COMMENTARY | In the three seasons since Tom Thibodeau took over as coach of the Bulls and LeBron James and Chris Bosh took their services to Miami to play for the Heat, the Bulls have beaten the Heat five times in seven regular season games.
In two of those wins, the Bulls did not have their best player, Derrick Rose.
It happened again Friday when the Bulls stood up to both the Heat and the referees to record a very impressive 96-89 victory. It was Carlos Boozer with 27 points and 12 rebounds that helped lift the Bulls to victory, giving the Heat their third home loss of the season. Rose remained nothing more than a rumor for that game as he continued his rehabilitation from an ACL tear last spring.
Last season, the Bulls beat the Heat at home 106-102 without Derrick Rose. It was March 15, the Bulls were battling the Heat for the best record in the East, and the Heat let John Lucas III (not the first or second John Lucas, but the third), score 24 points. The Bulls bench outscored the Heat bench 56-15.
In the first season of the new NBA, which was born when James made his "'South Beach' announcement, the Bulls beat the Heat all three times they met, all with Rose on hand. After the March 6, 2011 win in Miami, a demonstrable 87-86 victory, Miami coach Erik Spoelstra told reporters that some Miami players were tearing up because they could not find a way to beat the Bulls.
This has to mean something, doesn't it? Is it good versus evil, or David beating Goliath? Or are the Bulls the better team?
What Miami fans or Bulls haters or fact-ologists will tell you is that when the games mattered most, as they did in the 2011 Eastern Conference finals, Miami dispatched the Bulls with relative ease, four games to one. That is true. That has to mean something, too.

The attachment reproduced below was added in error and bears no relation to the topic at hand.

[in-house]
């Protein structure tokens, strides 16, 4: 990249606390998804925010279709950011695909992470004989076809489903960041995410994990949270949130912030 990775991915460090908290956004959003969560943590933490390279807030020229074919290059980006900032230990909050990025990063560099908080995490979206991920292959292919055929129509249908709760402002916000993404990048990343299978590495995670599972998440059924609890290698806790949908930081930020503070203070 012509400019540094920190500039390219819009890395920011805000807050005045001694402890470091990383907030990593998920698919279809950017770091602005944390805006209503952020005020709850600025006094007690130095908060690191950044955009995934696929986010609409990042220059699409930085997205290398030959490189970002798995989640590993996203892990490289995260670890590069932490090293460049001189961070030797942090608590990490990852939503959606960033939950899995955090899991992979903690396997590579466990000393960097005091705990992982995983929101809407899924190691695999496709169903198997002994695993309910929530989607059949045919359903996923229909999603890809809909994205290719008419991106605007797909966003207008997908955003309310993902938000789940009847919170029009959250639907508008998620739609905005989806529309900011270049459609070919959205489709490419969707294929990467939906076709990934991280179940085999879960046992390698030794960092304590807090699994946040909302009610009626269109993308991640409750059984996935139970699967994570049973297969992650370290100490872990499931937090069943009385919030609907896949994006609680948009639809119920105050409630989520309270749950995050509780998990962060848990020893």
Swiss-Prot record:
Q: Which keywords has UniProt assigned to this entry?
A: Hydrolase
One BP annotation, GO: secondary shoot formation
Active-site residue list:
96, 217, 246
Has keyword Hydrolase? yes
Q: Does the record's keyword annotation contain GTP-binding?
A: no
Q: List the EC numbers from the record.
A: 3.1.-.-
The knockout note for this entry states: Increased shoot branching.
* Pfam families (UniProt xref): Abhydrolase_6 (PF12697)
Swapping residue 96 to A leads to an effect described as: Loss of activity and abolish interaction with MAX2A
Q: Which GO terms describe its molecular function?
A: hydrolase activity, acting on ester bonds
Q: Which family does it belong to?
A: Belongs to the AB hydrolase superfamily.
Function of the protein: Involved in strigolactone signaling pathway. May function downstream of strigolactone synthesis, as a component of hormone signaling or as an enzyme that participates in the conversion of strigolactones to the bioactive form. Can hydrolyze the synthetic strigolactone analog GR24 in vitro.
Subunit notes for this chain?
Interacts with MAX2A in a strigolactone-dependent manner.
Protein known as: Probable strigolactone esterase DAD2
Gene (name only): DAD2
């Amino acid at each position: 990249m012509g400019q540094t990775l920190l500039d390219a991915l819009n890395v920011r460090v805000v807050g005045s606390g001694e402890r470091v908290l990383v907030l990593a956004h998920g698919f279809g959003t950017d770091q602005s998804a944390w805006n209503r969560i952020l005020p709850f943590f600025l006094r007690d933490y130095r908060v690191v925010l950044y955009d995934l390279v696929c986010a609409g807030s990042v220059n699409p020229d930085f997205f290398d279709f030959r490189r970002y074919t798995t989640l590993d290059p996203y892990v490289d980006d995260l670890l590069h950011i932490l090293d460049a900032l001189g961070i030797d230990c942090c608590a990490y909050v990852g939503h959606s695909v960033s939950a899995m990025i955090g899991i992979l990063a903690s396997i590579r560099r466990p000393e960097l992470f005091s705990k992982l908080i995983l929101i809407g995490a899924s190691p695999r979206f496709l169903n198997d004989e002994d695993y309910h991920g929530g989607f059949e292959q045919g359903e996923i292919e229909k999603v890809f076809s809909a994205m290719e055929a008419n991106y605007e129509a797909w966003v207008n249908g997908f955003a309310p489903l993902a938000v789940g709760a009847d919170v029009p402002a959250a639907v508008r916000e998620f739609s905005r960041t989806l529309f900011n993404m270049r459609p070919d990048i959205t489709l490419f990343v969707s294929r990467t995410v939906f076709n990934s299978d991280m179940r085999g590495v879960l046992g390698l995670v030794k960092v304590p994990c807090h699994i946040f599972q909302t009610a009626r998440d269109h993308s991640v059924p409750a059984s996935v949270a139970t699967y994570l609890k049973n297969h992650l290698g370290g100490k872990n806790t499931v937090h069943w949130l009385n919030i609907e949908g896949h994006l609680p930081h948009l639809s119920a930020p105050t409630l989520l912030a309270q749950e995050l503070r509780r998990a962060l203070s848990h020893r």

Here's what it all means to me: If Derrick Rose comes back 100 percent healthy in late February or early March, and is hopefully a bit smarter about when to test his physical abilities, the Bulls and Heat will meet again in a playoff series, when the games really matter. I suspect, in those games, the Bulls will be a better test against the Heat than they were in 2011.
In Friday's game, as in all the Bulls-Heat matchups, the Bulls had a 48-28 rebounding advantage. Bosh said the Bulls were bigger than they are, although Miami is one of the worst rebounding teams in the league. The reason Miami overcomes that deficit most games is that they block shots, make open court steals, and shoot really well. Against the Bulls defense, it's sometimes harder to get off the shots they want.
"It's a great win for us,'' Bulls center Joakim Noah said. "We just pounded the glass [48-28 advantage]. It was a great team effort, and we needed it. I know what's going to happen. [Heat coach Erik Spoelstra] is going to get them hyped for the next game because we kicked their butt on the glass. They're going to try to make it a physical game, and that's cool.''
But don't you think the Heat wanted to "kick their butt'' after losing the first game of 2010-11, or the second game of 2010-11?
Don't you think they wanted to "kick their butt'' after getting beat by John Lucas in March 2012? They played again a month later with Rose in the game, and the Bulls won in overtime when Rose scored exactly two points in the game. Don't you think the Heat wanted to win that game?
The Bulls and Heat meet three more times in the regular season. The next meeting is in Chicago Feb. 21. There is not much chance Rose will come back for that game, not that it seems to matter.
That will probably be one of the biggest games of the February NBA schedule.
Who do you think will win?
Kent McDill has covered the Bulls for three different companies: for United Press International from 1985-88, for the Daily Herald newspaper in Arlington Heights, Ill., from 1988-99 and currently for NBA.com. He has written two books on the Bulls, including the new title "100 Things Bulls Fans Should Know And Do Before They Die'' published by Triumph Books.